On Friday, Feb. 1, the USC Thornton Opera Program present a selection of excerpts from grand opera to musical theater as part their Opera Scenes concert. The evening will feature the prologue to Sondheim’s Sweeney Todd, excerpts from Mozart’s Don Giovanni and Britten’s Owen Wingrave as well as selections from Bernstein, Poulenc, Strauss, and more.
Among such foundational pieces, the performance will also feature a collaboration between two female artists from USC, USC Thornton alumna Guang Yang ’18 and the librettist Paula Cizmar, a faculty member at the USC School of Dramatic Arts. In recent interviews, USC Thornton talked to both the composer and librettist about their new work and collaboration.
How did your opera The Night Flight of Minerva’s Owl get started?
I found this competition at the Pittsburgh Opera Festival and needed a librettist to work with. I was still in school at USC and looked at the Dramatic Arts faculty. I actually emailed a bunch of people and Paula Cizmar was the one who replied very passionately about this project. This is my first opera. Paula’s very open-minded and she doesn’t mind that I’m a student and she’s a professor. We talked and connected the first time we met.
We started brainstorming together in her office on campus. I was providing her with my experiences and she was telling me about her own background. We knew we wanted to create a story about women who want education and that we wanted to feature our own countries, me as an Asian from China and she as an American. We added a third story about a girl from Morocco. By the end of the first session, we basically knew what we were going to talk about in this opera.
Tell us about composing this scene of your first opera.
I was graduating at the time I wrote the opening scene. I was busy with my Master’s recital, finals and everything. The competition deadline was within that time as well so I had to lock myself in a Gateway building classroom and basically work 11 hours, 12 hours straight. The competition required the first draft be within 15 minutes. So structurally, we sort of had to squeeze all three stories together… we had to choose one girl to represent them all, the Moroccan girl. She definitely has the softest part of my heart because her story is so touching and very sad.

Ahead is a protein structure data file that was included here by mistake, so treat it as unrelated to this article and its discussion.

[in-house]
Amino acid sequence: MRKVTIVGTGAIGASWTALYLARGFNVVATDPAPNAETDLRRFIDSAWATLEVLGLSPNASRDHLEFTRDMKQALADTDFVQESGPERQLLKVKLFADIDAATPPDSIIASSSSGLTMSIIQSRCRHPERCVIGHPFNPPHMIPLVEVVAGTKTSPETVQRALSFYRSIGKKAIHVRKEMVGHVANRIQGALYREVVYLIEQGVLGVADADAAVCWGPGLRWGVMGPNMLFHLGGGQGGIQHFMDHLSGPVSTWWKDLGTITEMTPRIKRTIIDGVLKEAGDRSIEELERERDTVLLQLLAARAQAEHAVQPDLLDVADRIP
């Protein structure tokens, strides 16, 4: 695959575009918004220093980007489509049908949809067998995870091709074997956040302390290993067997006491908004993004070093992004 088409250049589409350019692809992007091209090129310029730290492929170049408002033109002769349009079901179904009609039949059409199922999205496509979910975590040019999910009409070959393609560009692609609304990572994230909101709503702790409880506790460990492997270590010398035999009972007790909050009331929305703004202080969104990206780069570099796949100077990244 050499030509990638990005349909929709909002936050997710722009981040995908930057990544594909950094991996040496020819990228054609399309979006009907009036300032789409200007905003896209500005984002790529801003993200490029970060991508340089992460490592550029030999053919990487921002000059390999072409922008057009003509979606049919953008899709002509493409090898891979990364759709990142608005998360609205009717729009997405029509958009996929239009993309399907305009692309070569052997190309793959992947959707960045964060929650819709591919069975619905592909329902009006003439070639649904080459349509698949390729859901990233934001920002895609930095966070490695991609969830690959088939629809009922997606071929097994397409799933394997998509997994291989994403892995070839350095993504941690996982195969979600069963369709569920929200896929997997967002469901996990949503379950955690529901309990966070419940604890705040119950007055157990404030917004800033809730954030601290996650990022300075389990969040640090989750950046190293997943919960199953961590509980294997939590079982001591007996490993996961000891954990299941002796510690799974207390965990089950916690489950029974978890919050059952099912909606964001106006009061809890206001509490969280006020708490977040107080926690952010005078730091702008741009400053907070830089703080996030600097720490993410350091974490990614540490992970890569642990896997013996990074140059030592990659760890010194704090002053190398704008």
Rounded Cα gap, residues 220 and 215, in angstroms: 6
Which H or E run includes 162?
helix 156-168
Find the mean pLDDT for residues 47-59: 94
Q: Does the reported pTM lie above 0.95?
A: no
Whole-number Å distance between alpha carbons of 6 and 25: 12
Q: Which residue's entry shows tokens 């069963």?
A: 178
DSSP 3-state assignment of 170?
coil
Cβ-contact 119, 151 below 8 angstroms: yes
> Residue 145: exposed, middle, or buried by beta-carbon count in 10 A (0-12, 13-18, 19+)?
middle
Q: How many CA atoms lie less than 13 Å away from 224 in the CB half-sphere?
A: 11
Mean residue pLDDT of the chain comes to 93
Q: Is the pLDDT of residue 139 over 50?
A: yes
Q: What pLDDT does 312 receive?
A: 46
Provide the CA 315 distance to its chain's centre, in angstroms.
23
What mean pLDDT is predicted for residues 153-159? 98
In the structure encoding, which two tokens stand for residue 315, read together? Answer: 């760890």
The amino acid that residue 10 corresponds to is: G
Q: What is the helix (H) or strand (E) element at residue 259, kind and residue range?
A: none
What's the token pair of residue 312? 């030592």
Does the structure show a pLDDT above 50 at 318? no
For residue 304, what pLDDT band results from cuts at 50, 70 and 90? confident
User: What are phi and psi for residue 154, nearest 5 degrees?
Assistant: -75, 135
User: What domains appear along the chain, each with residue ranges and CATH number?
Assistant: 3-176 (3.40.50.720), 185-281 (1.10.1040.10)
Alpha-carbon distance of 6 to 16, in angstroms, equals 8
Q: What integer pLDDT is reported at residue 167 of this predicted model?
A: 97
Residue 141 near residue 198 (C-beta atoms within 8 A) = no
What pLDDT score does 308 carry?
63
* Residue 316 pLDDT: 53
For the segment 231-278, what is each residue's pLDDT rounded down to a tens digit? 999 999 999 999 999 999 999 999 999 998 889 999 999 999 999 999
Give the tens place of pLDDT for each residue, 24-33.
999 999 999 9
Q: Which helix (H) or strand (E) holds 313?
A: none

I like being part of creating the story instead of working with one that’s already done. I want to make sure that we expressed each main character’s identity as a woman as well as their own culture. Musically I’m using mainly a pentatonic scale for the Chinese girl. For the American girl, I selected a major/minor intervallic relationship pattern and then sort of mixed those two together for the third girl. Right now, the version that I have has only nine instruments because I think smaller scale instrumentation is easier to produce.
How did the USC Thornton Opera Program decide to include your scene in the Opera Scenes show this year?
After the competition last summer, we were one of three finalists and our scene was performed at the Pittsburgh Opera Festival. Professor Brent McMunn was at the festival conducting and saw the live concert for the three finalists. He came up to me and asked, ‘Are you from USC?’ I said, ‘Yes.’ He said that he was the Thornton Opera conductor and asked if they could do this scene on the USC campus. I said, ‘Yes! Of course. Because this is the Trojan family.’
Describe how this opera is relevant to our current time.